HL Deb 25 January 1819 vol 39 cc80-1
The Earl of Liverpool

having moved the order of the day, and the reading of that part of the Speech of the Lords Commissioners which related to the death of the queen, and the care of his majesty's person, proceeded to address the House on the subject of which he had given notice. The death of the queen—that calamitous event, which their lordships and the nation had deplored, and for which he had recently called upon their lordships to offer their condolence to the Prince Regent—now imposed upon him the duty of proposing a measure relative to the trust of the king's sacred person. When, about eight years ago, their lordships were called upon to consider this important question, they had judged it right that the custody of his majesty's person should be vested in the hands of one individual, and that that individual should not be the person who was placed at the head of the government. He thought then, and remained still of the same opinion, that their lordships had come to a judicious decision. It was not a decision adopted on any principal of jealousy of the head of the government, but was one which could not fail to be most agreeable to that illustrious person himself. Their lordships then resolved to commit the custody of the king's person to that individual to whom, from connexion, character, and rank, it was most proper the sacred trust should be consigned. In consequence of the lamented decease of her majesty, their lordships had now to consider of the best means of supplying her place with respect to this important trust. He believed he should anticipate their lordships wishes by proposing his royal highness the duke of York. Whether their lordships considered the relation in which that illustrious person stood, his character, or his previous conduct, it appeared that the office which it was necessary to supply could not be intrusted to one better calculated to fill it. It was, therefore, his intention to introduce a bill for placing the custody of the King's person in the hands of the duke of York. The trust he should propose would, as it had hitherto been, be undivided; but undoubtedly, as in the case of the queen, subject to the assistance of a council. He was persuaded that this arrangement would fully meet their lordships approbation. If, on a question of this kind, personal feelings were to have any weight, and he knew no reason why they should not, some additional motive might be assigned for the mode of conferring this important office, and a motive which would have due consideration with their lordships: that was, that if his majesty could himself declare in whose hands he would desire this trust to be placed, it was certain that he would assign it to the illustrious individual named in this bill. With these observations he should offer the bill to their lordships for a first reading. It was confined to the object he had stated, and the re-appointment of the council which acted under the former bill. Blanks would be left for this purpose, which he would propose to fill up with the same names; but it would be necessary to supply the place of one member of the council by a new appointment, in consequence of the death of the lord chief-justice of the court of King's-bench.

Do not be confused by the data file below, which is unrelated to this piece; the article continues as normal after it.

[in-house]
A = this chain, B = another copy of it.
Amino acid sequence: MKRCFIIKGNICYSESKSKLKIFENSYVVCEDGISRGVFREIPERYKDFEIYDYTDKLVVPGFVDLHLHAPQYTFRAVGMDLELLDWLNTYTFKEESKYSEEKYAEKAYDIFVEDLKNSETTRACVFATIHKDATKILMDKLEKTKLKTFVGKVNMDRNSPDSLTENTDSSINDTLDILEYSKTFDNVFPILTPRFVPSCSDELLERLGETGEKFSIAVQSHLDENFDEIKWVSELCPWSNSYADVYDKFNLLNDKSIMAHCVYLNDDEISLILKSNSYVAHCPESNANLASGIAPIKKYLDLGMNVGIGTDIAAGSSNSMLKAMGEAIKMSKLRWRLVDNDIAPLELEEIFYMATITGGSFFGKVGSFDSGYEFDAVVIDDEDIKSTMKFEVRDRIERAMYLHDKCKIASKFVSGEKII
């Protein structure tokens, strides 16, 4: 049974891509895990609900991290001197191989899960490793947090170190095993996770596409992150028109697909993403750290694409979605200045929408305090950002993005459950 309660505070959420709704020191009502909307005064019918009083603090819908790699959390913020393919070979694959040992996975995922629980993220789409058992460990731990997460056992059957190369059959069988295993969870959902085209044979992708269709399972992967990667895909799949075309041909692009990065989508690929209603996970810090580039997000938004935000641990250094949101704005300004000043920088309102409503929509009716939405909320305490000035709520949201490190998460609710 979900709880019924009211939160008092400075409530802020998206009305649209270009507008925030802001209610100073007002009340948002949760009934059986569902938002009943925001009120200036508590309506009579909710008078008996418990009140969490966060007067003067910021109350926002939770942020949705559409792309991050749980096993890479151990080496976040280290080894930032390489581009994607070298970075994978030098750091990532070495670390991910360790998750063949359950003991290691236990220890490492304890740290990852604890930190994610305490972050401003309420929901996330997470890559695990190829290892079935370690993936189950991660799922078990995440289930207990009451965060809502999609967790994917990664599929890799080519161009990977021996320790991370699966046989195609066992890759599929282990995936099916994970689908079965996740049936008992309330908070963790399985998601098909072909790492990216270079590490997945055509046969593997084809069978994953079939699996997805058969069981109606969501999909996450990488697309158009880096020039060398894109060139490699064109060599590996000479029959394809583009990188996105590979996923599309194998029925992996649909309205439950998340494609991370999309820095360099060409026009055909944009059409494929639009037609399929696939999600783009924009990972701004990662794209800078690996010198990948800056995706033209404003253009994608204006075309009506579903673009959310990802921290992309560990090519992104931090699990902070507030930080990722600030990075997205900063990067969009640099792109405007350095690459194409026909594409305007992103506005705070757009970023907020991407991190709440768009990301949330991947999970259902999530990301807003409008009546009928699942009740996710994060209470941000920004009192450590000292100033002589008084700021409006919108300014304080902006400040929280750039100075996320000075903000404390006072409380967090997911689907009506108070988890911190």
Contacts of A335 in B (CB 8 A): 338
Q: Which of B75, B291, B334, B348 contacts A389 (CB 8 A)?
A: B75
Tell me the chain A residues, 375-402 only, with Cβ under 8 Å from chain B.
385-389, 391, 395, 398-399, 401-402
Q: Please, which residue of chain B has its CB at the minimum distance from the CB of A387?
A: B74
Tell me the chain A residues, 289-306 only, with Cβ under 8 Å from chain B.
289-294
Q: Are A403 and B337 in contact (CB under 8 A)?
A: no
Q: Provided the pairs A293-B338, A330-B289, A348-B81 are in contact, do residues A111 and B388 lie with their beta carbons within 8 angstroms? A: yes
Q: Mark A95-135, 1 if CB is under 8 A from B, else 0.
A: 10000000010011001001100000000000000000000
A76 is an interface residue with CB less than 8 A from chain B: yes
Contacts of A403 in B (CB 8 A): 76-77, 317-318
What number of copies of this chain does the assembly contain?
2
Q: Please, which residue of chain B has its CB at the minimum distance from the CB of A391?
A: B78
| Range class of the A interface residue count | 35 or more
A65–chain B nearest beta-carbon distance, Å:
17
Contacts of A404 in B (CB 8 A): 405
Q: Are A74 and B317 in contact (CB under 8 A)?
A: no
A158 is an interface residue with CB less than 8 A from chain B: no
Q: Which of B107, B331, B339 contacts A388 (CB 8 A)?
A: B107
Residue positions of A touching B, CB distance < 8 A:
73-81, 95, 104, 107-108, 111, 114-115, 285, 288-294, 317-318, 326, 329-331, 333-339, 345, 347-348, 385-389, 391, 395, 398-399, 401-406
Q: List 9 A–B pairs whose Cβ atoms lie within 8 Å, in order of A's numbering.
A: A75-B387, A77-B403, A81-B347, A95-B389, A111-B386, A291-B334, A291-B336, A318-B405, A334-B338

The bill was then read a first time, and ordered to be printed.